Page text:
27. Ol' E Cross
    Posted February 3, 2009 at 10:58 pm | Permalink

    Patrick,

    Having observed a litter of five in my own yard, I’ll counter your anecdote, and I’ll one up you with wikipedia:

    however, their ability to reproduce quickly has tended to mitigate the depopulating effects of sport hunting.

    Also from the wiki:

    Doug Schwartz, a zookeeper and groundhog trainer at the Staten Island Zoo, has been quoted as saying “They’re known for their aggression, so you’re starting from a hard place. [Their] natural impulse is to kill ’em all and let God sort ’em out.

    which means Black Jake’s image of a knife-wielding groundhog ain’t far off the mark.

    Speaking of Black Jake. Damn. Now where you gonna find another squirrel in these parts? (Unless you were counting on acquiring one having invaded a home as cause for justifiable homicide…)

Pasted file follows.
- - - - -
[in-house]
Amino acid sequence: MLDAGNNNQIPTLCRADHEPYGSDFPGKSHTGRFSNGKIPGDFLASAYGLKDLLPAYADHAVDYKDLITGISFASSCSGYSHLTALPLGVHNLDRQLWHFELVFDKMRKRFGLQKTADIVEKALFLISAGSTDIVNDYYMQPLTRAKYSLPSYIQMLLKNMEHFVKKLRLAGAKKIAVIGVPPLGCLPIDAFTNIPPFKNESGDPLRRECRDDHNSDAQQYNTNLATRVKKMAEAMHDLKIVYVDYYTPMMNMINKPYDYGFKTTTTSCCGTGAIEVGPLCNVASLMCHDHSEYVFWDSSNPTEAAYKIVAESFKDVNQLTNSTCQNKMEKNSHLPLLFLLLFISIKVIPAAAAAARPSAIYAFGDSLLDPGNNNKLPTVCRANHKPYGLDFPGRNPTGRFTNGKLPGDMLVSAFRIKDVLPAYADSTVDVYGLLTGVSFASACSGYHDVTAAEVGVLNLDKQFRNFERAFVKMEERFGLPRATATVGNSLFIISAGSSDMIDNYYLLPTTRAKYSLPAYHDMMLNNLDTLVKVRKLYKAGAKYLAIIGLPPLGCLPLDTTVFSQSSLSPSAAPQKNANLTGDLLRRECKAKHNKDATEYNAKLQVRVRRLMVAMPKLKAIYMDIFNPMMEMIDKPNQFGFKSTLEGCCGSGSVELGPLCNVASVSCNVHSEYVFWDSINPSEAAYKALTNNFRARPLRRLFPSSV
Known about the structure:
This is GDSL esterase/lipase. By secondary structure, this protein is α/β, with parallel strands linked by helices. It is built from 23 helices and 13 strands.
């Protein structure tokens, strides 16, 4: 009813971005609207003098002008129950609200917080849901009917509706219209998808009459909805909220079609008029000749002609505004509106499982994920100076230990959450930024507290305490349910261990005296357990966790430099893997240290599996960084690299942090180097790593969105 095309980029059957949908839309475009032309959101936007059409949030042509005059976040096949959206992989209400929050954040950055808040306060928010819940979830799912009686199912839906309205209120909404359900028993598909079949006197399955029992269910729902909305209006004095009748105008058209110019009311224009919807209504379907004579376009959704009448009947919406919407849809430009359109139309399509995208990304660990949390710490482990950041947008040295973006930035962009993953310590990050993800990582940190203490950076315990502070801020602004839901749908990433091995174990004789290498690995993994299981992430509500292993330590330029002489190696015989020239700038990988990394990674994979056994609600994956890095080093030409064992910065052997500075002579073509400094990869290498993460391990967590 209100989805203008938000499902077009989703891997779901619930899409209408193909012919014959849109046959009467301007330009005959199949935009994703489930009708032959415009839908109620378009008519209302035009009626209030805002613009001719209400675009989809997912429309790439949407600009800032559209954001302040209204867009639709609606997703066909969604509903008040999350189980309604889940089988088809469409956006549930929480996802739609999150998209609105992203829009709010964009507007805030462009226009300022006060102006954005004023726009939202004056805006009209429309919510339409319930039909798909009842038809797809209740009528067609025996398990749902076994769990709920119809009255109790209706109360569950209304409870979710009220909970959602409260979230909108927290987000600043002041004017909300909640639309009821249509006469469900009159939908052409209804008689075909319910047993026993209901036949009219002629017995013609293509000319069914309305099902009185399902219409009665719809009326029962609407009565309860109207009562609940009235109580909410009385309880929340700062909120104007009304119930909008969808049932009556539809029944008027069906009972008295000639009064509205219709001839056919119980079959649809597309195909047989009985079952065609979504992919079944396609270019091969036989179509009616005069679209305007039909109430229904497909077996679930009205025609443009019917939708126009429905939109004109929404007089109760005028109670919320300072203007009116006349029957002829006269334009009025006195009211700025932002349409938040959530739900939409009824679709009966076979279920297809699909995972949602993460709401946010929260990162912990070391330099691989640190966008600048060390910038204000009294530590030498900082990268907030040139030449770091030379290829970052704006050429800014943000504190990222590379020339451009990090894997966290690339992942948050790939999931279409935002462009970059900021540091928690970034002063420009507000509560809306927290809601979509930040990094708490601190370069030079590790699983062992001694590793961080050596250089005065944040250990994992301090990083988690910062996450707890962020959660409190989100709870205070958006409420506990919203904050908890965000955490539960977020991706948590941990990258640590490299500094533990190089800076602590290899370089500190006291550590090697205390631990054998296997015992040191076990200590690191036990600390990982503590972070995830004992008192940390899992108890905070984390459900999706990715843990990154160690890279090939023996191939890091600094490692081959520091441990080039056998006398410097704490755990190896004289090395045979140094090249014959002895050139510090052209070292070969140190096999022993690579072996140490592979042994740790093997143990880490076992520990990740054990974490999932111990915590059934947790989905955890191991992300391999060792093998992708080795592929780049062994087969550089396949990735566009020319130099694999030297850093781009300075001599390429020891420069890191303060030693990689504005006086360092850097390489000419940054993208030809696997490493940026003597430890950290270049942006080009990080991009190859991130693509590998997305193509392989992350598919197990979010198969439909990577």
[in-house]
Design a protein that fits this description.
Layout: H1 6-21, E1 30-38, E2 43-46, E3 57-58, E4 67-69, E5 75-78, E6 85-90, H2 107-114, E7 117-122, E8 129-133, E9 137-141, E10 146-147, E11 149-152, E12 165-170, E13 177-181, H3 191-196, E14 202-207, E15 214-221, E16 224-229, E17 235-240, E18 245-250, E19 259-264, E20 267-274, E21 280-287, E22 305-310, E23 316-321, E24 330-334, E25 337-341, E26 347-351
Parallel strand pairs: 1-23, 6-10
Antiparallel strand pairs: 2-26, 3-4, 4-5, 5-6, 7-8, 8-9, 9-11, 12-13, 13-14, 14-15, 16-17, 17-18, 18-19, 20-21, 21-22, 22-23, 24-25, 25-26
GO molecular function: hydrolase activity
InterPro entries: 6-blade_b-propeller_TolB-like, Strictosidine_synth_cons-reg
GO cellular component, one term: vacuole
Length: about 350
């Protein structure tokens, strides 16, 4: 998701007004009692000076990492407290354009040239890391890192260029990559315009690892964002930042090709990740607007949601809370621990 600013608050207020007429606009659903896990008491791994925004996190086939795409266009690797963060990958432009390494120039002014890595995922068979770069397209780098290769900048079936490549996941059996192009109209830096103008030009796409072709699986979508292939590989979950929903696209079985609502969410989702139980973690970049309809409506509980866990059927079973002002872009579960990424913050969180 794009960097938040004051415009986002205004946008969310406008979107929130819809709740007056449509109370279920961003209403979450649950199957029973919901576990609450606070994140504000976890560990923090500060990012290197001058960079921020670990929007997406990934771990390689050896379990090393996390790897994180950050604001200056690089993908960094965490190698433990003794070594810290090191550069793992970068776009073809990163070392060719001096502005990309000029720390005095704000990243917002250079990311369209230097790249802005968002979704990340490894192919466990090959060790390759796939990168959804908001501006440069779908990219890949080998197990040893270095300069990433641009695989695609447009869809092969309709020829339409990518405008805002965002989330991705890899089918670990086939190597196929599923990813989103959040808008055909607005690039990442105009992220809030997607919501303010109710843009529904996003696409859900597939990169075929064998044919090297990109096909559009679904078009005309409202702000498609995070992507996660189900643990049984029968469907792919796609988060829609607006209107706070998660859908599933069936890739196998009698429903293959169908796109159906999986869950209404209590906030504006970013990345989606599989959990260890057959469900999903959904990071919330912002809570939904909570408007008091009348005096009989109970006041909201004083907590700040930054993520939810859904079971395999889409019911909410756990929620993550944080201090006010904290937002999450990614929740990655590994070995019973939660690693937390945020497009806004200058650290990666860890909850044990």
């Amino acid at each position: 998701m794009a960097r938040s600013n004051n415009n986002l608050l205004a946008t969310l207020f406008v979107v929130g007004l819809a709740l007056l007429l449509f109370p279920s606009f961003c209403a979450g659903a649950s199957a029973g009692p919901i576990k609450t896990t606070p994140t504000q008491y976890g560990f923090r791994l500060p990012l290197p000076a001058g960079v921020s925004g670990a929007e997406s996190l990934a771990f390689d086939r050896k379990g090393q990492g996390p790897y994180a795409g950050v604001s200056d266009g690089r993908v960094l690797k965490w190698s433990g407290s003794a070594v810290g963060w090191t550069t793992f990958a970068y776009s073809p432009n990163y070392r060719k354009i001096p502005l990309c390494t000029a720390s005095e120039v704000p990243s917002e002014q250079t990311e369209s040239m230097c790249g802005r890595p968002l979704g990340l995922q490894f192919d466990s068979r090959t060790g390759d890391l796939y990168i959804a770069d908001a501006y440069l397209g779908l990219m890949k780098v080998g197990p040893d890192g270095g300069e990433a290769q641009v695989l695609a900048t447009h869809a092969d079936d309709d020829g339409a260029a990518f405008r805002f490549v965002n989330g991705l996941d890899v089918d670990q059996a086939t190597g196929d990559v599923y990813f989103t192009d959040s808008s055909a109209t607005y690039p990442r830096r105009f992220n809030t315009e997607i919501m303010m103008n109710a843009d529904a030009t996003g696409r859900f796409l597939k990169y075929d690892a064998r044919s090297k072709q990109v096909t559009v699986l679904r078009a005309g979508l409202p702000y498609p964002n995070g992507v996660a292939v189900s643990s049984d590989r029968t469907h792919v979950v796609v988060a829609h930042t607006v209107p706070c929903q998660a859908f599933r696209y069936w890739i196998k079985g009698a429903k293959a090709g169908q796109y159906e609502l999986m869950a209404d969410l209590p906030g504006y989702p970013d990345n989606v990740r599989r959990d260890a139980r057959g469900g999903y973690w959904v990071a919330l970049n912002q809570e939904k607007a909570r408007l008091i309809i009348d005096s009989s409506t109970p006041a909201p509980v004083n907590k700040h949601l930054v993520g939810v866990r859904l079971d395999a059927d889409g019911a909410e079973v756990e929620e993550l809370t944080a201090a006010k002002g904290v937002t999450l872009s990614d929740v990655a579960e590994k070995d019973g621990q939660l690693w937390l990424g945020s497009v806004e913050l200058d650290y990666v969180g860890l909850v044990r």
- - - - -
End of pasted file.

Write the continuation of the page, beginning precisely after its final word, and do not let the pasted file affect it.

28. Posted February 3, 2009 at 11:36 pm | Permalink

    I am looking for some reason to justify killing, skinning, and eating a squirrel, yes. It has to benefit someone else, somehow. The killing, I mean, not just the eating. And I can’t just give away a pair of squirrel gloves when I’m done. The squirrel has to deserve to die. I don’t get it either, that’s just the way it is.

  29. Paw
    Posted February 4, 2009 at 9:06 am | Permalink

    Surely there’s a kid in your neighborhood who is deathly allergic to squirrels and squirrel mites.